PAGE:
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Donald Trump vs. Nordstrom, explained

What you need to know about a scandal only the Trump administration could have brought us.

Close your eyes and try to remember the world as it existed as recently as January 2015. At the time, Ivanka Trump — a glamorous, well-known former model and mother of young kids with some television experience and a family connection to a brand-licensing business — was a natural partner for Nordstrom, the luxury department store found in upscale malls, generally in the suburbs of big cities.

The Ivanka Trump clothing line was self-consciously forward-looking and progressive without being radical. It appealed to younger, educated professional women trying to make their way up the career ladder — exactly the kind of people Nordstrom hopes will be the next generation of loyal shoppers at its stores.

But a lot has happened over the past two years. One thing is declining sales for Trump’s line at Nordstrom. Consequently, the company began phasing out her stuff over the course of the winter and confirmed to Racked on February 2 that the relationship is over: “Based on the brand’s performance, we’ve decided not to buy it for this season.”

Another thing is that Ivanka Trump’s father was elected president. Nordstom’s decision prompted a flurry of activity from Donald Trump, including tweets from his personal account and the official @POTUS White House account, a pointed condemnation of Nordstrom from the podium of the White House briefing room, and an advertorial for Ivanka’s apparel from Counselor to the President Kellyanne Conway during a Fox News interview — that probably broke the law. It’s a typical incident in the very atypical Trump administration, tying together a lack of discipline and low-grade corruption.

But it also reveals that the story of Trump’s financial conflicts of interest is more multifaceted than a casual graft. Trump has unusual opportunities to exploit his political office for financial gain. But his family’s business network also gives his political opponents unusual points of leverage, while ensuring that his ideological allies will repeatedly get bogged down in fights and controversies that have nothing to do with their agenda.

The Ivanka Trump brand no longer works

“The modern working woman,” according to the #WomenWhoWork section of Ivanka Trump’s website, “looks fundamentally different from women in previous generations. For the first time in history, we’re embracing the fact that our lives are multidimensional. We’re doing work we love, work that inspires us, and we’re also pursuing our passions and making them priorities.”

This was supposed to be a statement about fashion, not about politics. Trump wanted people to buy her branded clothing. But apparel brands are as much about personal identity as they are about fabric or cut, and this brand was certainly designed to speak to a certain kind of self-image. This is clothing for women with careers, not just jobs. Upwardly mobile college graduates, in short. These were not necessarily Nordstrom’s core customer base, but they were the kind of people Nordstrom would need to turn into customers for the brand to have enduring relevance in a world where the very concepts of the department store and the regional shopping mall are under assault from the dual forces of online shopping and the vogue for walkable urbanism.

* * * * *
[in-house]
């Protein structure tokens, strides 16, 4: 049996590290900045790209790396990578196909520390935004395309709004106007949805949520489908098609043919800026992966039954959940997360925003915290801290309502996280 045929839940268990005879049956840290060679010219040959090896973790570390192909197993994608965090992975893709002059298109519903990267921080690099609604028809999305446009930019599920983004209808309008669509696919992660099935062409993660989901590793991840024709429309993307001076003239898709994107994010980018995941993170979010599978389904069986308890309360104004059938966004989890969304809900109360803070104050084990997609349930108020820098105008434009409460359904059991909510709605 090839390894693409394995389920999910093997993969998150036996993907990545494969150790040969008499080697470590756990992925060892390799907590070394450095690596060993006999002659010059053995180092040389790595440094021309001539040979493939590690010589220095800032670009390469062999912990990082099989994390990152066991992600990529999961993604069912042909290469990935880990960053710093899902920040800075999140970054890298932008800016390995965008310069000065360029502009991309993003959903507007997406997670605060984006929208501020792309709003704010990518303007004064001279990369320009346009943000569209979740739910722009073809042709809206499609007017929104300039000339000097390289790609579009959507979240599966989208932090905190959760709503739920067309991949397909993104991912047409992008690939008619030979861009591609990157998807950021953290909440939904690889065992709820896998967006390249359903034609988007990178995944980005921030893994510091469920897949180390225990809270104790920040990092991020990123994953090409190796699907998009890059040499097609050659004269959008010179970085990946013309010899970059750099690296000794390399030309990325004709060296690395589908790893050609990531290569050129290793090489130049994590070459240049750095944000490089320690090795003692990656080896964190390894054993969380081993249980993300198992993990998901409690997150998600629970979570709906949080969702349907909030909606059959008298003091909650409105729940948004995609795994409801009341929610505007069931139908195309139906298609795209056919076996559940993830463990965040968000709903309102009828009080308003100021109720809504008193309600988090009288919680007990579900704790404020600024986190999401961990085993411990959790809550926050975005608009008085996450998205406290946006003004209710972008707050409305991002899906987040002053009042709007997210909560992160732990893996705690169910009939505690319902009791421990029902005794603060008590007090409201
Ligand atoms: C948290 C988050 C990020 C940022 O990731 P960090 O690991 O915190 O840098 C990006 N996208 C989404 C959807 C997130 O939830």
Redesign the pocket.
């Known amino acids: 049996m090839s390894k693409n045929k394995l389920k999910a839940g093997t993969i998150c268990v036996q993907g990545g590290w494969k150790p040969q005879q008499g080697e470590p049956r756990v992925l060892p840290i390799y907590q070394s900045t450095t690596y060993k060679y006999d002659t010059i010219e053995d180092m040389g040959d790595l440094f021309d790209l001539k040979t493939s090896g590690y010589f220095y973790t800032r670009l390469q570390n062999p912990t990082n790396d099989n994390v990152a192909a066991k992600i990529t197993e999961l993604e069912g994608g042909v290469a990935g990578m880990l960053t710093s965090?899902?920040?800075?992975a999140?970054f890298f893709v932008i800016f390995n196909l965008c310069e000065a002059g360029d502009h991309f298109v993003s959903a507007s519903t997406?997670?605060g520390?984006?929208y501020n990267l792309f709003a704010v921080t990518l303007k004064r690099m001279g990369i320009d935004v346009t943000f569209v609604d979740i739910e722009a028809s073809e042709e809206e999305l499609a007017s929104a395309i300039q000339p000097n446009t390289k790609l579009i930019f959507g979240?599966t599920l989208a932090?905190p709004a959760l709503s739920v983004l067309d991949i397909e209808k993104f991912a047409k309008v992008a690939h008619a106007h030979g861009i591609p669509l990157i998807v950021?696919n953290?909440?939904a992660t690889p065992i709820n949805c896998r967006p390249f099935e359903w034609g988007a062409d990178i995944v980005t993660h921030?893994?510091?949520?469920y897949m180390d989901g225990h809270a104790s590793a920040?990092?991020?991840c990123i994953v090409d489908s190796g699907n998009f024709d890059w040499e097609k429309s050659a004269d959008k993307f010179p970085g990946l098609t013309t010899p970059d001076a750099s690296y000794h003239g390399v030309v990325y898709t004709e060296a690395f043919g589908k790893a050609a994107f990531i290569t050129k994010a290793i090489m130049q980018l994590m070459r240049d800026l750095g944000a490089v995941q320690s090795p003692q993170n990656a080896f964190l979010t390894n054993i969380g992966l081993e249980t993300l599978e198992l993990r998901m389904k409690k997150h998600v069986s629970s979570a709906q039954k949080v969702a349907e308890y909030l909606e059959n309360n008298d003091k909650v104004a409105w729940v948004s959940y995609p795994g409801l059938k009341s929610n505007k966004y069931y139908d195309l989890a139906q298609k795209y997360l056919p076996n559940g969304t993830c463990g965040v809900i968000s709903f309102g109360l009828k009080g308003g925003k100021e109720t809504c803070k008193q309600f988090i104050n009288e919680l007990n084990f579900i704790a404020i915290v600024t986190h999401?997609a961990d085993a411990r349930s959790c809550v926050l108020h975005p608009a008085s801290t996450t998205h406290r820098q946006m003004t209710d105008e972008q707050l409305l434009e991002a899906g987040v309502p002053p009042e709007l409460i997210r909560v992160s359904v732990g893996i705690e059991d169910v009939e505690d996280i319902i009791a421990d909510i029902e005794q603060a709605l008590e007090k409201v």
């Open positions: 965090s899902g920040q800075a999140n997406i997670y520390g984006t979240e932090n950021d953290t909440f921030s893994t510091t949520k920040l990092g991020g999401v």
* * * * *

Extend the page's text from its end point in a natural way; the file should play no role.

The problem is that this is not — at all — the direction in which Donald Trump has taken the family brand.

Donald Trump’s brand is old and downscale

Most Trump voters were probably the exact same people who voted for Mitt Romney and John McCain. But relative to previous GOP nominees, he fared worse with college graduates — especially younger ones and women — while doing better with secular Northern whites without college degrees. In terms of Electoral College math, this was a good swap. Clinton gained a lot of votes relative to Obama in California, New York, Texas, Arizona, and Georgia. But these states were either already blue or else too conservative to be flipped by her gains. Conversely, she lost votes in Iowa, Wisconsin, Michigan, Pennsylvania, and Ohio — and with them the presidency.

Beyond benefiting from the fact that white working-class voters are disproportionately concentrated in Midwestern swing states, Trump took advantage of the fact that old people are more likely to vote than young ones.

Commercial marketing logic, however, is the exact opposite of this. Consumer brands care more about appealing to young people than old ones since young people are more likely to try new things and develop loyalties that can last decades. Upscale customers, meanwhile, are more valuable than downscale ones, for the boring reason that they have more money.